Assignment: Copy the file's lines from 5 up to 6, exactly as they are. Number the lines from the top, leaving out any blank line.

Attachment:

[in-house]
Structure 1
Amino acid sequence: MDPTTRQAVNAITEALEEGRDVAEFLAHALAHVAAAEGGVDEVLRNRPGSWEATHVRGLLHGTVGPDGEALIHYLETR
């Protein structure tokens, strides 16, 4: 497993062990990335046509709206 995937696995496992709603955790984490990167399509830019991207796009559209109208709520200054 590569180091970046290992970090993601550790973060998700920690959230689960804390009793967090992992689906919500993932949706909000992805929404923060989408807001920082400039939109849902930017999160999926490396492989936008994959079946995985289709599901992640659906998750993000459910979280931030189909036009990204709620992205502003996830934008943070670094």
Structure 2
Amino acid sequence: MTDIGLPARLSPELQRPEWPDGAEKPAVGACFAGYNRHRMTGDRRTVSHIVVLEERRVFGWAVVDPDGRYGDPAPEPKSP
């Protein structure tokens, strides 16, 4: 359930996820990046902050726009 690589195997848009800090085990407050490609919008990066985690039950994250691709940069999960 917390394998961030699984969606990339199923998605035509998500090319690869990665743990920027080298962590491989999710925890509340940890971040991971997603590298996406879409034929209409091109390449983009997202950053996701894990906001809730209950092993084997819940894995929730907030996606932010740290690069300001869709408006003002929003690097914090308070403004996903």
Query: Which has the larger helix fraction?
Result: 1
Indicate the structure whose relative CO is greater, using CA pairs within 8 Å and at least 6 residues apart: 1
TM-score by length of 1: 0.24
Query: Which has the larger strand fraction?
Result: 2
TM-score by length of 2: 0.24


Structure 2
Amino acid sequence: MTDIGLPARLSPELQRPEWPDGAEKPAVGACFAGYNRHRMTGDRRTVSHIVVLEERRVFGWAVVDPDGRYGDPAPEPKSP